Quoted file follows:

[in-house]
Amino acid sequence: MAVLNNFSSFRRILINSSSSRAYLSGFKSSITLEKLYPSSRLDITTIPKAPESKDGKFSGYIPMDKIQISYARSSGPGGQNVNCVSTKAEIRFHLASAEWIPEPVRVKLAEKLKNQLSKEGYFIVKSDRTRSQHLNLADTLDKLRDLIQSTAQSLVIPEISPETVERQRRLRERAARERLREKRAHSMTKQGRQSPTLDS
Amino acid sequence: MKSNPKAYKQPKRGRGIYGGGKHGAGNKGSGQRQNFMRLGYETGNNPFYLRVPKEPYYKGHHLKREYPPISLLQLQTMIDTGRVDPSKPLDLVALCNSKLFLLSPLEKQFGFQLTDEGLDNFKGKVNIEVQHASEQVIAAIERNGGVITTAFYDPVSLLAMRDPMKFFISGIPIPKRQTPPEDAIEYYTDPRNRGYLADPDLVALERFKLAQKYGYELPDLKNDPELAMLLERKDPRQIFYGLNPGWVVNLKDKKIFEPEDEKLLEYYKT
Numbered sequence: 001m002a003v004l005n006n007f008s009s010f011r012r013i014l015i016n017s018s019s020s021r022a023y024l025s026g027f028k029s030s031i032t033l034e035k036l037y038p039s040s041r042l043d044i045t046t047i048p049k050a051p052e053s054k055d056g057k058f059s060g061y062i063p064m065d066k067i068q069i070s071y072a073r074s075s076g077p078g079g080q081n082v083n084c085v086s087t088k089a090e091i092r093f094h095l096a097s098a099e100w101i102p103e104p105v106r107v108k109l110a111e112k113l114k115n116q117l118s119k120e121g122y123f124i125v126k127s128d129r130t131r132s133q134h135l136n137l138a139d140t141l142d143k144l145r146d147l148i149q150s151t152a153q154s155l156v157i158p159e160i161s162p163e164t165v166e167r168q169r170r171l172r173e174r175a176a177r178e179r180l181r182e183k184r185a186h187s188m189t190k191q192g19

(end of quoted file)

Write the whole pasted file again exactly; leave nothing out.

[in-house]
Amino acid sequence: MAVLNNFSSFRRILINSSSSRAYLSGFKSSITLEKLYPSSRLDITTIPKAPESKDGKFSGYIPMDKIQISYARSSGPGGQNVNCVSTKAEIRFHLASAEWIPEPVRVKLAEKLKNQLSKEGYFIVKSDRTRSQHLNLADTLDKLRDLIQSTAQSLVIPEISPETVERQRRLRERAARERLREKRAHSMTKQGRQSPTLDS
Amino acid sequence: MKSNPKAYKQPKRGRGIYGGGKHGAGNKGSGQRQNFMRLGYETGNNPFYLRVPKEPYYKGHHLKREYPPISLLQLQTMIDTGRVDPSKPLDLVALCNSKLFLLSPLEKQFGFQLTDEGLDNFKGKVNIEVQHASEQVIAAIERNGGVITTAFYDPVSLLAMRDPMKFFISGIPIPKRQTPPEDAIEYYTDPRNRGYLADPDLVALERFKLAQKYGYELPDLKNDPELAMLLERKDPRQIFYGLNPGWVVNLKDKKIFEPEDEKLLEYYKT
Numbered sequence: 001m002a003v004l005n006n007f008s009s010f011r012r013i014l015i016n017s018s019s020s021r022a023y024l025s026g027f028k029s030s031i032t033l034e035k036l037y038p039s040s041r042l043d044i045t046t047i048p049k050a051p052e053s054k055d056g057k058f059s060g061y062i063p064m065d066k067i068q069i070s071y072a073r074s075s076g077p078g079g080q081n082v083n084c085v086s087t088k089a090e091i092r093f094h095l096a097s098a099e100w101i102p103e104p105v106r107v108k109l110a111e112k113l114k115n116q117l118s119k120e121g122y123f124i125v126k127s128d129r130t131r132s133q134h135l136n137l138a139d140t141l142d143k144l145r146d147l148i149q150s151t152a153q154s155l156v157i158p159e160i161s162p163e164t165v166e167r168q169r170r171l172r173e174r175a176a177r178e179r180l181r182e183k184r185a186h187s188m189t190k191q192g19